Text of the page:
Initial reactions to Gov. Bill Walker’s inclusion of Senate Bill 12, an education head tax bill, in his compromise proposal ranged from confusion to abhorrence.
Legislators never held a hearing on SB 12 during the 139 days of session before it was brought up and it has yet to hold an official hearing on it since. To most, the bill was a mystery: it has no fiscal analysis, no cost to implement and no sponsor statement. The House Finance Committee managed to hold an informational overview of the bill yesterday, more on that below.
The bill levies a fixed tax based on a person’s annual wages with the following income brackets as taken directly from the bill: less than $20,000, the tax is $50 a year; $20,000 or more, but less than $50,000, the tax is $100 a year; $50,000 or more, but less than $100,000, the tax is $200 a year; $100,000 or more, but less than $500,000, the tax is $300 a year; $500,000 or more, the tax is $500 a year. .
A little math and the tax was quickly recognized as deeply regressive.
Wow. $20K/year pays DOUBLE the rate of $250k/year.
— Jesse Kiehl (@JesseKiehl) June 6, 2017
And to those less concerned with the regressivity of a tax than they are with taxes at all, the bill was bad news.
Even those familiar with the bill admitted it had its problems.
In the normal course of a legislative session that would probably spell the end of SB 12, but this session is anything but. With desperate hopes to find a compromise, it appears the Legislature is at least giving SB 12 some thought.
The Senate Majority seemed to soften on its no-tax-ever policy in a letter sent to Gov. Bill Walker last week.
Folks thought the House Majority would have nothing to do with anything in the governor’s compromise following its stiff refusal of the proposal. But on Monday, the House Finance Committee held an informational overview hearing on SB 12. The meeting identified the obvious problems with the bill, but also hinted at the body’s willingness to work on it.
The meeting technically wasn’t on the bill because the bill is still over in the Senate, but it’s the closest thing to a hearing so far. It confirmed the bill’s regressivity, finding the percentage of a poor person’s income it took was 10 times greater than it did from the highest earning Alaskan.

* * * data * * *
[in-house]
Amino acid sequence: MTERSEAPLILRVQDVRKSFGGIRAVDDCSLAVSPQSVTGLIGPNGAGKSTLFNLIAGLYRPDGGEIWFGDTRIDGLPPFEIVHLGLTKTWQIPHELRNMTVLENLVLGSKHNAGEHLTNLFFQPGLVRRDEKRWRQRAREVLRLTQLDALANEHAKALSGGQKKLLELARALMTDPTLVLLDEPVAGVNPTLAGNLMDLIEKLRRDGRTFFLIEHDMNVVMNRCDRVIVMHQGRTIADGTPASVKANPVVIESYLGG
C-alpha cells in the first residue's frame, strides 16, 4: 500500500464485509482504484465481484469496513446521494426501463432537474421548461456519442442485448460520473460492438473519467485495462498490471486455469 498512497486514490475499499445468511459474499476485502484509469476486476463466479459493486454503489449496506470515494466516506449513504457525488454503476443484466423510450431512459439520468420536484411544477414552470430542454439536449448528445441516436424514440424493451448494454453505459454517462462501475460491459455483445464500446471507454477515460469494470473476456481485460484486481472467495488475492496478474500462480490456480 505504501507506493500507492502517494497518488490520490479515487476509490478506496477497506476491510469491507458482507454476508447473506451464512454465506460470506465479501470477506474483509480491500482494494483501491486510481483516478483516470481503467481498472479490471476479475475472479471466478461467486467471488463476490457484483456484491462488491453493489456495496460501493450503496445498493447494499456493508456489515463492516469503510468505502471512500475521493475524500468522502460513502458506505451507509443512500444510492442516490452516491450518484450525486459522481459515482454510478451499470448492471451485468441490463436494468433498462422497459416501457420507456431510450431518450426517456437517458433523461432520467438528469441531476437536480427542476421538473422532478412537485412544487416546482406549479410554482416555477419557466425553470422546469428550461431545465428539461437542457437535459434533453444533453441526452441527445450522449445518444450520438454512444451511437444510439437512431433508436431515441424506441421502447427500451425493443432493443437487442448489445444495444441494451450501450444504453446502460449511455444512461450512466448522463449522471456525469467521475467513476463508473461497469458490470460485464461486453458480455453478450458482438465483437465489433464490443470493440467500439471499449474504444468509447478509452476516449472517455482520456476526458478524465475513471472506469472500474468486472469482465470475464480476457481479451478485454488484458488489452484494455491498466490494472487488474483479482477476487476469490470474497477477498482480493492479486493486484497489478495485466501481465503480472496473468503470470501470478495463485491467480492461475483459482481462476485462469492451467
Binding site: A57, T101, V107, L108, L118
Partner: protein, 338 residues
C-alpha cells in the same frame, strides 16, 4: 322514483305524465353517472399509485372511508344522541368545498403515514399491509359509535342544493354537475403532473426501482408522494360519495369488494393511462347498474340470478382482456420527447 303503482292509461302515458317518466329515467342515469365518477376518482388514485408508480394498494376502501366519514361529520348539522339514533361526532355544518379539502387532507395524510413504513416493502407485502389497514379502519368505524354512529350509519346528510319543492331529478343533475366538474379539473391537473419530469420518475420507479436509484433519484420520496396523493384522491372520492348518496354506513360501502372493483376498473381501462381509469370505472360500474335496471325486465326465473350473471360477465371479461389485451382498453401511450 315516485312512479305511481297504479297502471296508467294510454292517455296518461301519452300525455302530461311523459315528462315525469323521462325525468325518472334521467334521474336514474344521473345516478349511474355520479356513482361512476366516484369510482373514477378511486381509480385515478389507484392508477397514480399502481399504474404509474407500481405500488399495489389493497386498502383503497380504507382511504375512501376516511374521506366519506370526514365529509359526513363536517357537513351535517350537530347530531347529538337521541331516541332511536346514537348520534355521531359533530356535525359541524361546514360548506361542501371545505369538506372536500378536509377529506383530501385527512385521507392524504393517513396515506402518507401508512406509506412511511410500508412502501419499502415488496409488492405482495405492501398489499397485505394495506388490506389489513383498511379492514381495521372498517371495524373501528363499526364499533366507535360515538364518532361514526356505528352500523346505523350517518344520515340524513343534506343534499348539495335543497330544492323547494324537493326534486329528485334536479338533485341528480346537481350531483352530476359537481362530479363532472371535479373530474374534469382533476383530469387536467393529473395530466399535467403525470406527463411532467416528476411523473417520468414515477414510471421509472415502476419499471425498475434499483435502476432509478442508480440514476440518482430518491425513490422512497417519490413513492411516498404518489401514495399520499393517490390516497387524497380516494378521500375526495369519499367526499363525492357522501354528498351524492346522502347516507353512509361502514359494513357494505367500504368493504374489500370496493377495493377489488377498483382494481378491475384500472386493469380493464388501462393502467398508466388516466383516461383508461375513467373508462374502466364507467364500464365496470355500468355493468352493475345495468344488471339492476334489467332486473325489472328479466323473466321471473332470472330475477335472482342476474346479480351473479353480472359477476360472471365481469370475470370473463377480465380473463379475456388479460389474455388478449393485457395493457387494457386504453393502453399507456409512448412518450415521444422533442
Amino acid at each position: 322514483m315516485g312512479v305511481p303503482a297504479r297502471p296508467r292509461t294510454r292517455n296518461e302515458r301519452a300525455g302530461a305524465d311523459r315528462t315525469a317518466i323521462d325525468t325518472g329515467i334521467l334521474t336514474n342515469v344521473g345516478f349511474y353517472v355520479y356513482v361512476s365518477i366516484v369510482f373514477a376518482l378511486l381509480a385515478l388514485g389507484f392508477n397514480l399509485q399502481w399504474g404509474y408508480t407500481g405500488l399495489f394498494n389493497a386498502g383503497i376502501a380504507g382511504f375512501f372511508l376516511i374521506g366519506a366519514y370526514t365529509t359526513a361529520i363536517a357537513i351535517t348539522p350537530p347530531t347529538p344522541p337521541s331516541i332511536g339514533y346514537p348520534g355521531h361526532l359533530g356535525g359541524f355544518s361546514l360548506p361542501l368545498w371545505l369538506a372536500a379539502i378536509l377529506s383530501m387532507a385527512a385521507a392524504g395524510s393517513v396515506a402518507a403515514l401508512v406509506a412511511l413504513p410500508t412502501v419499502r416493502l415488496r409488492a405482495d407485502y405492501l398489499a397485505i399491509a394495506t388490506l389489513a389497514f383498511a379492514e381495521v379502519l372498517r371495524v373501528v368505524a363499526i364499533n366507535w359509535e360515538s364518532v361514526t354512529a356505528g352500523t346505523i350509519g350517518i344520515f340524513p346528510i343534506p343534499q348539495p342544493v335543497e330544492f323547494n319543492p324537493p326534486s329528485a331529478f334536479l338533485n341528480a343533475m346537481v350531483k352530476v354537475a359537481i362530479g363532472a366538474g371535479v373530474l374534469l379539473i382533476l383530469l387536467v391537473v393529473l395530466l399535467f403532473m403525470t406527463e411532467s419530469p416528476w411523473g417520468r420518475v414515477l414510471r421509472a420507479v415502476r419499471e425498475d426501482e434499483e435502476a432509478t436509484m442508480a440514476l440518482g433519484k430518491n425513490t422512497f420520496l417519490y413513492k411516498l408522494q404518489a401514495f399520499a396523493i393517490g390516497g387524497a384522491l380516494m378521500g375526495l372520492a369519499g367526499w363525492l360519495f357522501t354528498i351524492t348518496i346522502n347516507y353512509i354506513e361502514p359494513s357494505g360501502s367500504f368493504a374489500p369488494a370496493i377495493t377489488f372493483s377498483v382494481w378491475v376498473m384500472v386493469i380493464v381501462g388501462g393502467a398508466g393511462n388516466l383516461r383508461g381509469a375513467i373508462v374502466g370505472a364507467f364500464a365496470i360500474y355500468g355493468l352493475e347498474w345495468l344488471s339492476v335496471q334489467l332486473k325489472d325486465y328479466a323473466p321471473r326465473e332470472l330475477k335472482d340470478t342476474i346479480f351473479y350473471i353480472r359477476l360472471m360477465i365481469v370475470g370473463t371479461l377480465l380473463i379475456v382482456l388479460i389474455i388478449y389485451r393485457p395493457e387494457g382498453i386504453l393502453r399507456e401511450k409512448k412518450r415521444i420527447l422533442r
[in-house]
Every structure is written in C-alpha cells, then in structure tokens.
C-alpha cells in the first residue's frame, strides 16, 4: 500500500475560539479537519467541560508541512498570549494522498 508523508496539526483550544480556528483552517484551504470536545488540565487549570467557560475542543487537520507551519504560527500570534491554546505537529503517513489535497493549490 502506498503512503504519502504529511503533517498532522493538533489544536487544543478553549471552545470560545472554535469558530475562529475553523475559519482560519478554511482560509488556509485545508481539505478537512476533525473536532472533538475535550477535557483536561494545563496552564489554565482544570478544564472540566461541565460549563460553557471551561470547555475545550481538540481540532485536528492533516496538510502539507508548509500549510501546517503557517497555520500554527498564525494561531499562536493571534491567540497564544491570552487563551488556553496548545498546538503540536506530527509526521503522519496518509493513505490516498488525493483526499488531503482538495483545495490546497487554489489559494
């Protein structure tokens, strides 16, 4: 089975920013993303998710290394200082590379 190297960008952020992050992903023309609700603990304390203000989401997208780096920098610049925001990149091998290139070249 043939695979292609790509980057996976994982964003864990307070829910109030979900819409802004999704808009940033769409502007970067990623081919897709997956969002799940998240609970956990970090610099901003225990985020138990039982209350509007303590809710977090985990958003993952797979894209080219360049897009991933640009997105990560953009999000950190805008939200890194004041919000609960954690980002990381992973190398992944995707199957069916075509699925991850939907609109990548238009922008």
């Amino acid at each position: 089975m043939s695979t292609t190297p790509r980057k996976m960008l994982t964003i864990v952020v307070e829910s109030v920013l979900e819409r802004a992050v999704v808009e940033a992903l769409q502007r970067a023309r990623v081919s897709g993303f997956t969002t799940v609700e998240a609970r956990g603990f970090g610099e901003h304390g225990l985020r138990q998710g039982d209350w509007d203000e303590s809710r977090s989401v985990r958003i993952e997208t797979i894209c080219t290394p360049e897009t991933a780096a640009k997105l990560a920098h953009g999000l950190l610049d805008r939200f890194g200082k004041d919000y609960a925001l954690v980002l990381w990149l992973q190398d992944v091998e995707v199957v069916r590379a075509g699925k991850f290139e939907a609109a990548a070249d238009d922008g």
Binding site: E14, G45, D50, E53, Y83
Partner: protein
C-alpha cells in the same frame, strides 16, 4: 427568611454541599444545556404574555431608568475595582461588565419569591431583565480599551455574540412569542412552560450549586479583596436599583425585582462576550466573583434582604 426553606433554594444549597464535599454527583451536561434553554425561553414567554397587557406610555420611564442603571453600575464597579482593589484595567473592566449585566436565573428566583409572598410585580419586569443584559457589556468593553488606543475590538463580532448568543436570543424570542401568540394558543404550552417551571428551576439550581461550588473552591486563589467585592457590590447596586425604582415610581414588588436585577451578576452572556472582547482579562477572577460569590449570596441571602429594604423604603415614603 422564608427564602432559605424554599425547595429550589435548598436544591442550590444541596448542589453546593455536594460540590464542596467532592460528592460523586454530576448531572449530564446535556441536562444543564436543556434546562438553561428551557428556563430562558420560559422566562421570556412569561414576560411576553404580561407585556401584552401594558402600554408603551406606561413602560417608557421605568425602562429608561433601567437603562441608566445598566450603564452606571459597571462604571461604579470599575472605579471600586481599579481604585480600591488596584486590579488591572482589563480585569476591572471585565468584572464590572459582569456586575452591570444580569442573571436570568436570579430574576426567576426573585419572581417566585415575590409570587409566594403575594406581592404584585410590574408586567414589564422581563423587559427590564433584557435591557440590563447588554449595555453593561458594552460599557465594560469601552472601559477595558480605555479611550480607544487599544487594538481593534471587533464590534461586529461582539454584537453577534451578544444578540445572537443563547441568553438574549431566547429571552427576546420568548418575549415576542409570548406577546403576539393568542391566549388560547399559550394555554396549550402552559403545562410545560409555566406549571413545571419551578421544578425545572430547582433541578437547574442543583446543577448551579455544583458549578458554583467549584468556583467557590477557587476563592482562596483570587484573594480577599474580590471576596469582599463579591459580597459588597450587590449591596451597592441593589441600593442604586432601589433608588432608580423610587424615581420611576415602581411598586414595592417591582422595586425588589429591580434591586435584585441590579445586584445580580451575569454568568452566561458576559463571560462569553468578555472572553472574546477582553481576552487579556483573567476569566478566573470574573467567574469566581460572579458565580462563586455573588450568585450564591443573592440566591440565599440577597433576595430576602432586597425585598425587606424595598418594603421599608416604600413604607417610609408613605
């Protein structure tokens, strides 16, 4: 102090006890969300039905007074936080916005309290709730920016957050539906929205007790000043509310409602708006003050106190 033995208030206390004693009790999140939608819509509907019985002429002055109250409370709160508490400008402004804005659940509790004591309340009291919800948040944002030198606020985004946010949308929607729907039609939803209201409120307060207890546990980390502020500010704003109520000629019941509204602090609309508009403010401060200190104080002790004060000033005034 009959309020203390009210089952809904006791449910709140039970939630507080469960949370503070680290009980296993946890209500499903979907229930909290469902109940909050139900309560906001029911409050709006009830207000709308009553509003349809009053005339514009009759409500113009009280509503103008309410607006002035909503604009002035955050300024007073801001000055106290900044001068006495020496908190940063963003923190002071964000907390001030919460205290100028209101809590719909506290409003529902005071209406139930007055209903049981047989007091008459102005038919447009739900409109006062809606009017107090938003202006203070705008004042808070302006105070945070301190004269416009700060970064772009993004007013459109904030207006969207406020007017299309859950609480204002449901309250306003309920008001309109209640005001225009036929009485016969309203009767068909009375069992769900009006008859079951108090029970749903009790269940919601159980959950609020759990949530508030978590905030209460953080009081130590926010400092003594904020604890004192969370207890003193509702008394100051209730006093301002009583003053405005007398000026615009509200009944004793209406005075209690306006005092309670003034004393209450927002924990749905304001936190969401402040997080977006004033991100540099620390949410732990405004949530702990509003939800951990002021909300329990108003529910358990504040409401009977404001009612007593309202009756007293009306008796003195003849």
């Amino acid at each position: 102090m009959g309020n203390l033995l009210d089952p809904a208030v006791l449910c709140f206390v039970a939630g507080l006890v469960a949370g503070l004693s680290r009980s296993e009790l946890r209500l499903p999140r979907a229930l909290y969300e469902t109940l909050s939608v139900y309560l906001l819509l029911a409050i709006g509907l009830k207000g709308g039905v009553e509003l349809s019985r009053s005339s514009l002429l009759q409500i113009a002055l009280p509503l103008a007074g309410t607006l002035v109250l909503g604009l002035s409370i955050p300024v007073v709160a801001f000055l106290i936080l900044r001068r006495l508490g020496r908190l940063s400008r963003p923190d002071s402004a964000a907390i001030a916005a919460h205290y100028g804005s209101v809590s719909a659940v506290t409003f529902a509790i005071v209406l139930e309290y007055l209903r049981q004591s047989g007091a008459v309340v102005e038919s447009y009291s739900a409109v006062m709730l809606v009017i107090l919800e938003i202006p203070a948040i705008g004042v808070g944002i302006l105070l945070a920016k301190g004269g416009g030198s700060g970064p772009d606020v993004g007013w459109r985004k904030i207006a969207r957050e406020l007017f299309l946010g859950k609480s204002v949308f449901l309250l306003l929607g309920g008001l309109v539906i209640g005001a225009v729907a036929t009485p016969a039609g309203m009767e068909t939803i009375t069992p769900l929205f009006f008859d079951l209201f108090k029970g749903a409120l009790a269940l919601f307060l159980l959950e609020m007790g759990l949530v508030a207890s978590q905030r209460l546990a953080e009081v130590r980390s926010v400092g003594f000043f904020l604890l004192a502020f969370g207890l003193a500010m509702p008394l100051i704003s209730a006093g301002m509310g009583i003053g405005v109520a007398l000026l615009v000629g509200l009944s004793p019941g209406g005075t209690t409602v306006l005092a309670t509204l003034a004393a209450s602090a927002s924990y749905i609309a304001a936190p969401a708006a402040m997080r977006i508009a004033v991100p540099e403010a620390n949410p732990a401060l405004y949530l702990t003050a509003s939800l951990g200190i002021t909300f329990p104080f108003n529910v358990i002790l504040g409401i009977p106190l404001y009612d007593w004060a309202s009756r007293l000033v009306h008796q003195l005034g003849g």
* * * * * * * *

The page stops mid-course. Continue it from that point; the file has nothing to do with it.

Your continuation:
The analysis below also doesn’t include whatever action the Legislature takes on the dividend. At least SB 12, as written, doesn’t count the dividend as income. It only counts earned wages.
The House seemed interested in working on the bill, and the meeting included concepts for increasing the brackets, changing the tax to a percentage and including earnings from capital gains or other investment income. When asked how long it would take to draft a new version, Tax Division Director Ken Alper said it could be done quickly.
The progressivity issues can be fixed to appease the House Majority, but the more you do that, the more it looks like an income tax.
The silver linings
SB 12 has some benefits that touch on concerns raised by Republicans about an income tax, namely the cost to administer the tax.
House Bill 115 estimated the Department of Revenue would need 45 additional full-time employees and 15 part-time employees to run the income tax, which would cost about $7.75 million a year. The new tax would have also cost about $14 million to implement in the first year.
The cost of SB 12 doesn’t have a cost estimate, but Department of Revenue Commissioner said it’ll be much lower.
“It’s essentially a payroll deduction and won’t require nearly the infrastructure development within the state in order to manage the tax,” he said at a news conference.
Still, SB 12 is the proverbial camel’s nose peeking under the tent. The administration has been up front with the fact that the proposal doesn’t come close to balancing the budget. If more revenue is needed in future years, they said the head tax could be the first place to look.